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For the Holidays, Researchers Give Insights into Relationships and Dieting

For the Holidays, Researchers Give Insights into Relationships and Dieting
Star image taken from the Christmas Tree dress, part of the historic textile collection at UT's School of Human Ecology

Thinking about how to connect with distant friends and family? Searching for how to drop ten pounds in a week?

The holiday season brings its own special issues, and several researchers from the School of Human Ecology—Karen Fingerman, Molly Bray and Sara Sweitzer—address them in recently published commentary.

Fingerman, a professor of human development and family sciences, reminds readers of Psychology Today and the Dallas Morning News about the importance of email or traditional mail holiday cards. In 1999, she and a colleague found that holiday messages increase a sense of connection: older adults feel more "socially embedded," and younger adults often are inspired to reach out to others.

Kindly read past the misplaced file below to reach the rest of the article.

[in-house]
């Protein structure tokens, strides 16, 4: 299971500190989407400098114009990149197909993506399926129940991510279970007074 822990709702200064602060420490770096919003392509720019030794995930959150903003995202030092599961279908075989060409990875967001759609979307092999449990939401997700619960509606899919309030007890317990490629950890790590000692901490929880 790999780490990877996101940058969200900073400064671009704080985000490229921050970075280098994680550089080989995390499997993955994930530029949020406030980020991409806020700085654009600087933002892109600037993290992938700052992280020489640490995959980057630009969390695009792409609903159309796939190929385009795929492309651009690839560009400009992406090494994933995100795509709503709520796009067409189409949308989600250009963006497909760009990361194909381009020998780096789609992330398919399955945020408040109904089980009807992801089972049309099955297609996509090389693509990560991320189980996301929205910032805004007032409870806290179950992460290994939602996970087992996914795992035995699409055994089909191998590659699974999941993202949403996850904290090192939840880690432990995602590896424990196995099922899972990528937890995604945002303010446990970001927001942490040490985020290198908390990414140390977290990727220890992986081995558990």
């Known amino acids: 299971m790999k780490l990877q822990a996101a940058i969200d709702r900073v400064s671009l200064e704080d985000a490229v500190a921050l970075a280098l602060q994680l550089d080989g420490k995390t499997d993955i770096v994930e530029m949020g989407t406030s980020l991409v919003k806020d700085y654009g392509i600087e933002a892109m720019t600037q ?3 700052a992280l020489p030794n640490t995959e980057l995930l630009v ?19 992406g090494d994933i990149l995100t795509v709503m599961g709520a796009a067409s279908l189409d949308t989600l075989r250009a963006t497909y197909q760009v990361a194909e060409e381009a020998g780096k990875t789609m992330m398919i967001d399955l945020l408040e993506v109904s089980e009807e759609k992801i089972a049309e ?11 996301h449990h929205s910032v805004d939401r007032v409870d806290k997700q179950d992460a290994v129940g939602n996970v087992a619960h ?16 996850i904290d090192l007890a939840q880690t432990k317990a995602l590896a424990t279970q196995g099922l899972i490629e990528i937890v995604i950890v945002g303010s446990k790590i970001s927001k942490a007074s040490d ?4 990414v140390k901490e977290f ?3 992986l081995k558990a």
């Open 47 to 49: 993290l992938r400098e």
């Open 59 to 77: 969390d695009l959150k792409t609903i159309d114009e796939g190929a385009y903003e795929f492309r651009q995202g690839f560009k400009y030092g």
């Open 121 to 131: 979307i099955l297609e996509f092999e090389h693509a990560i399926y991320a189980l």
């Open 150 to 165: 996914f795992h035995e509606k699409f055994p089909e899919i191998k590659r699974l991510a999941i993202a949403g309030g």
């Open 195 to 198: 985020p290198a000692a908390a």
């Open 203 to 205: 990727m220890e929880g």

Other researchers have more of a cautionary message, with advice to be careful about post-holiday dieting. Writing in the Waco Tribune-Herald and Fort Worth Star-Telegram, Bray and Sweitzer of the Department of Nutritional Sciences acknowledge that while it is tempting to fall for a fad diet, they often do not work. People should instead develop personal plans that change the way they eat—for the rest of their lives.

Read the whole piece by Karen Fingerman:

Reaching Out to People Still Matters: The Science of Christmas Cards

And the piece by Molly Bray and Sara Sweitzer:

Holiday Pounds? There's No Quick Fix, So Do Your Research

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Saturday, 18 November 2017

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